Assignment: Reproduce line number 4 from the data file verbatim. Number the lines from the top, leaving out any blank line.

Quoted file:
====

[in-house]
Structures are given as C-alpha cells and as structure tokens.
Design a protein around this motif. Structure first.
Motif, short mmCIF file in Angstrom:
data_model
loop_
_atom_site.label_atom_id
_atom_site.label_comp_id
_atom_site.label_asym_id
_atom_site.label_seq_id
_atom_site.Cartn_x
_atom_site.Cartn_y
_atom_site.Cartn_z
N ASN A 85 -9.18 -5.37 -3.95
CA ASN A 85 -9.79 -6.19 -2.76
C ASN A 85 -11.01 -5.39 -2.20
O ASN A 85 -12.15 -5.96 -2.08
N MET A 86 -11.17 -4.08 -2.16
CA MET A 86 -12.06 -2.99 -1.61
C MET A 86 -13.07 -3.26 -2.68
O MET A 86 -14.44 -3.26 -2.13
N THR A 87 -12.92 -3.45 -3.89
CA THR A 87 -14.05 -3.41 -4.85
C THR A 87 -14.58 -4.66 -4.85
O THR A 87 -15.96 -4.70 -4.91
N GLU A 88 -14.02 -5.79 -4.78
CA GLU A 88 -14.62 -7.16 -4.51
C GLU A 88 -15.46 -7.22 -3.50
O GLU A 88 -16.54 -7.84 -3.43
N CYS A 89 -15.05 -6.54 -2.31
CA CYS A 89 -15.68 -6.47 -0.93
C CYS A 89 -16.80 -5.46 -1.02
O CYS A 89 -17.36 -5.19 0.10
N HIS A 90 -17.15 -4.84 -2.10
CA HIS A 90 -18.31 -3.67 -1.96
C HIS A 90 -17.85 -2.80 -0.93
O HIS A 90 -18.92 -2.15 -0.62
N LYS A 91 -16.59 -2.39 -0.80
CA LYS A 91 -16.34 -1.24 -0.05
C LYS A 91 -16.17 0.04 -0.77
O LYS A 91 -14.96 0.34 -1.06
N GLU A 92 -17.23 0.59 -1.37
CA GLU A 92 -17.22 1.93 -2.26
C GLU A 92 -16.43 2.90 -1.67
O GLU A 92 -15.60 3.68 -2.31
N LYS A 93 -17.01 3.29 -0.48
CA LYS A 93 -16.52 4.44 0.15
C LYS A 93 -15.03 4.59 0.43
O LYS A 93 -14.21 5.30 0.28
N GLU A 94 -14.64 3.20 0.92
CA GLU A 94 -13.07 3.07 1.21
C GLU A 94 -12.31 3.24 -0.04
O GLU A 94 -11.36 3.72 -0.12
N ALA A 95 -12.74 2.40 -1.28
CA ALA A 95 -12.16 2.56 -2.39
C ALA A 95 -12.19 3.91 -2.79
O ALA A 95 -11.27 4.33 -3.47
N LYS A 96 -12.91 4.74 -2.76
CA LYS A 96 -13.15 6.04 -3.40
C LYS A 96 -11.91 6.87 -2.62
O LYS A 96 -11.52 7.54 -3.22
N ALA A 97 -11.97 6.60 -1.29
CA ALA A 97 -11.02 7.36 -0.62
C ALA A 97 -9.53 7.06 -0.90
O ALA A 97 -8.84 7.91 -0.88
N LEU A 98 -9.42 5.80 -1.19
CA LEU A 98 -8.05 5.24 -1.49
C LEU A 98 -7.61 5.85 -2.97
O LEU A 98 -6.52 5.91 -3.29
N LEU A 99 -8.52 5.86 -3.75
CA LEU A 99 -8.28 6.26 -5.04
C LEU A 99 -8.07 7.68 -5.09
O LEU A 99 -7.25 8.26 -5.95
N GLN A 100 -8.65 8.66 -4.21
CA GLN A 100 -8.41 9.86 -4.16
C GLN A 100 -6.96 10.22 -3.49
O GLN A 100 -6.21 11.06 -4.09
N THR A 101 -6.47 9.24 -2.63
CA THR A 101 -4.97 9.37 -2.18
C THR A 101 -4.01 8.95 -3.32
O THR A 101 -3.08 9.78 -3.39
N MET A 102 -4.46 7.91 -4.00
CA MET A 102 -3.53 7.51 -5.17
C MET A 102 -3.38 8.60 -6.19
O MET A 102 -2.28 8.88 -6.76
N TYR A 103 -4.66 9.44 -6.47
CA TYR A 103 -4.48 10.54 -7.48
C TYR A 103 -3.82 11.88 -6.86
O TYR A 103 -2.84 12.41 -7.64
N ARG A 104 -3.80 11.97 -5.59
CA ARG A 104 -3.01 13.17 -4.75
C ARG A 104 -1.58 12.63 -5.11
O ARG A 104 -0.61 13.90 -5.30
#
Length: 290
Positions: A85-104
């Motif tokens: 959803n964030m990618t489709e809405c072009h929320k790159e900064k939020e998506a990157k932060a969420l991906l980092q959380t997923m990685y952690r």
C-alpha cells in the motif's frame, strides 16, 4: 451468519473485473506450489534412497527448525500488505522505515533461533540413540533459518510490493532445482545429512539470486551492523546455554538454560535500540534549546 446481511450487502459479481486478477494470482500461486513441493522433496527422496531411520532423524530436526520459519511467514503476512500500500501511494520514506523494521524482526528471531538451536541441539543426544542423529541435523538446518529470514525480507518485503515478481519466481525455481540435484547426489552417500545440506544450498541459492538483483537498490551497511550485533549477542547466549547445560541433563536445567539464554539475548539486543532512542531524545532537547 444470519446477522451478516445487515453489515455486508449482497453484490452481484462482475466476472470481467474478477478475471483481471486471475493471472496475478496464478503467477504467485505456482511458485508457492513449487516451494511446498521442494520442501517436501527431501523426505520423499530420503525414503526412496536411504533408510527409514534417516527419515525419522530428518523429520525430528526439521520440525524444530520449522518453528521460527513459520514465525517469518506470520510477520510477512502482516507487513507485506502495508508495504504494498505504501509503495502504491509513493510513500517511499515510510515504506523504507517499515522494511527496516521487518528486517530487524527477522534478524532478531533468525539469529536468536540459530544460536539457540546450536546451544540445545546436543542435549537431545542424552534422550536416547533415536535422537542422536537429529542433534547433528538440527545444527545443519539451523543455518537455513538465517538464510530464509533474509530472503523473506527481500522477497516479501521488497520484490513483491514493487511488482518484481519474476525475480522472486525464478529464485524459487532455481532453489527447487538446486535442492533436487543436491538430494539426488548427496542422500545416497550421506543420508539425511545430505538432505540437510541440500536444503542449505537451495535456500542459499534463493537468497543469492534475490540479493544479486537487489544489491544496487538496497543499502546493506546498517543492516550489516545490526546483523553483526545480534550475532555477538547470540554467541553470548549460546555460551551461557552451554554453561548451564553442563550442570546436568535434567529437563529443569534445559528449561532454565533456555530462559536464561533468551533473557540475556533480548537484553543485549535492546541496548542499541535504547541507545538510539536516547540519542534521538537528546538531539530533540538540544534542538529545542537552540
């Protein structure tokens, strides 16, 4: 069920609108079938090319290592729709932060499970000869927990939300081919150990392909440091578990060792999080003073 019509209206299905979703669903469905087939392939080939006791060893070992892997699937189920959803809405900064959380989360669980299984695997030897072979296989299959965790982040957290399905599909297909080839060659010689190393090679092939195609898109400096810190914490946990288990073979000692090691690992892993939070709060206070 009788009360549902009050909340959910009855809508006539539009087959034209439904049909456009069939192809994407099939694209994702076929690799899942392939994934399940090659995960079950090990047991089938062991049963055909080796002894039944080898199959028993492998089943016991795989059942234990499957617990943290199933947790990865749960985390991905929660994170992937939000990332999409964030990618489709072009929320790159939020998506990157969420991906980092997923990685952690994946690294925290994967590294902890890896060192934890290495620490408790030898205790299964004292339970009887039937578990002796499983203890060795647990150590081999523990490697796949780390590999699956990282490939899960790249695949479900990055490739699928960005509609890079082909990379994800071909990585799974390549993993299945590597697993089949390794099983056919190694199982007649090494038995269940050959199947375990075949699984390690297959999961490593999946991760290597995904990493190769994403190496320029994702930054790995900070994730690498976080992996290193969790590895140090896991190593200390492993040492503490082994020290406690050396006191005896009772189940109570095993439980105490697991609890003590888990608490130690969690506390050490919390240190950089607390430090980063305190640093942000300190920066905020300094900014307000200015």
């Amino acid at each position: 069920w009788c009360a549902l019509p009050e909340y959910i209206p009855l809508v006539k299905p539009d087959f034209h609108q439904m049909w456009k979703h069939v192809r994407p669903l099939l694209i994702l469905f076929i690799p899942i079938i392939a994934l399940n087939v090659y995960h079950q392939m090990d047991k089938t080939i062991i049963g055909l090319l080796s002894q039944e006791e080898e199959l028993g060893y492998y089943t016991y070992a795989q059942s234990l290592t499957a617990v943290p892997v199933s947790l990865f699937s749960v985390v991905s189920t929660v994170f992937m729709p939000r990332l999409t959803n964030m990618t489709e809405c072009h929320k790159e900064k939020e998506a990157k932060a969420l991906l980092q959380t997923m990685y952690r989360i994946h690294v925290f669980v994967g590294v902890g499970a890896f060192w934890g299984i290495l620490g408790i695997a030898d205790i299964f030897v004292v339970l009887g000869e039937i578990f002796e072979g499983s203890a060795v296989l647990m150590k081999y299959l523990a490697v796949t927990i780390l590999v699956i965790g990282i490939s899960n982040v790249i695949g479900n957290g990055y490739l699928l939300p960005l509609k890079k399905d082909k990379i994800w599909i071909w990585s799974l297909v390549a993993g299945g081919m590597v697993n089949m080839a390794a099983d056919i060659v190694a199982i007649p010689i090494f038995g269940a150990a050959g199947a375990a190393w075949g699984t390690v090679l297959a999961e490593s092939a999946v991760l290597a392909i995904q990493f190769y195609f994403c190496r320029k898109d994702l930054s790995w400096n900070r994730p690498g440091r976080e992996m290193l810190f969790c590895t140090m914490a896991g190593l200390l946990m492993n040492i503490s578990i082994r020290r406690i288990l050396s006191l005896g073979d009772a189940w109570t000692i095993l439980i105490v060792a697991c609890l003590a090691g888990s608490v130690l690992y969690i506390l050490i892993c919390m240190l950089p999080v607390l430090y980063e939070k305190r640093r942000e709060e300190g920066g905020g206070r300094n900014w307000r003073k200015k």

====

Motif, short mmCIF file in Angstrom: